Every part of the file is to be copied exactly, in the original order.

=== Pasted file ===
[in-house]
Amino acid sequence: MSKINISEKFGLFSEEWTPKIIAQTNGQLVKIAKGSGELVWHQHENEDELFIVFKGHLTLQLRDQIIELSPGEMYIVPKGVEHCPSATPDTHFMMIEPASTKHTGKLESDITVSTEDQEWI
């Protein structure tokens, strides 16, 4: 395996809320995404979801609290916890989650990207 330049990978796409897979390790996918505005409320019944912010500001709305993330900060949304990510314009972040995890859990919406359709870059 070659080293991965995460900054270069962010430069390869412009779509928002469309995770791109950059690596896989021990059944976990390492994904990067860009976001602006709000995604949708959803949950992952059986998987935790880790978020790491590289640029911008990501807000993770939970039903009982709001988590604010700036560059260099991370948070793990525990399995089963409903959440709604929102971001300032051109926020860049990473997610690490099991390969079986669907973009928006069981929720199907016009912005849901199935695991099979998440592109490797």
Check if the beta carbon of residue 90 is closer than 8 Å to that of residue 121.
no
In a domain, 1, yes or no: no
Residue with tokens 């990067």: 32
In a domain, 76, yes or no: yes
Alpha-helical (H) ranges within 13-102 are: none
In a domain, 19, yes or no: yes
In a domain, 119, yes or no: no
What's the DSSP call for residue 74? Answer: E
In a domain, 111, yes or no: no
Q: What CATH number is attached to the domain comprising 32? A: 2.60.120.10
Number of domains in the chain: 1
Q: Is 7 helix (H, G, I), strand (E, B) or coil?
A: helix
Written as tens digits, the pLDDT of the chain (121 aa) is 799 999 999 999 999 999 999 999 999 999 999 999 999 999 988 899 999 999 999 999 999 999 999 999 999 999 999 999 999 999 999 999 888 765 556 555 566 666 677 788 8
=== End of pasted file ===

[in-house]
Amino acid sequence: MSKINISEKFGLFSEEWTPKIIAQTNGQLVKIAKGSGELVWHQHENEDELFIVFKGHLTLQLRDQIIELSPGEMYIVPKGVEHCPSATPDTHFMMIEPASTKHTGKLESDITVSTEDQEWI
């Protein structure tokens, strides 16, 4: 395996809320995404979801609290916890989650990207 330049990978796409897979390790996918505005409320019944912010500001709305993330900060949304990510314009972040995890859990919406359709870059 070659080293991965995460900054270069962010430069390869412009779509928002469309995770791109950059690596896989021990059944976990390492994904990067860009976001602006709000995604949708959803949950992952059986998987935790880790978020790491590289640029911008990501807000993770939970039903009982709001988590604010700036560059260099991370948070793990525990399995089963409903959440709604929102971001300032051109926020860049990473997610690490099991390969079986669907973009928006069981929720199907016009912005849901199935695991099979998440592109490797």
Check if the beta carbon of residue 90 is closer than 8 Å to that of residue 121.
no
In a domain, 1, yes or no: no
Residue with tokens 């990067």: 32
In a domain, 76, yes or no: yes
Alpha-helical (H) ranges within 13-102 are: none
In a domain, 19, yes or no: yes
In a domain, 119, yes or no: no
What's the DSSP call for residue 74? Answer: E
In a domain, 111, yes or no: no
Q: What CATH number is attached to the domain comprising 32? A: 2.60.120.10
Number of domains in the chain: 1
Q: Is 7 helix (H, G, I), strand (E, B) or coil?
A: helix
Written as tens digits, the pLDDT of the chain (121 aa) is 799 999 999 999 999 999 999 999 999 999 999 999 999 999 988 899 999 999 999 999 999 999 999 999 999 999 999 999 999 999 999 999 888 765 556 555 566 666 677 788 8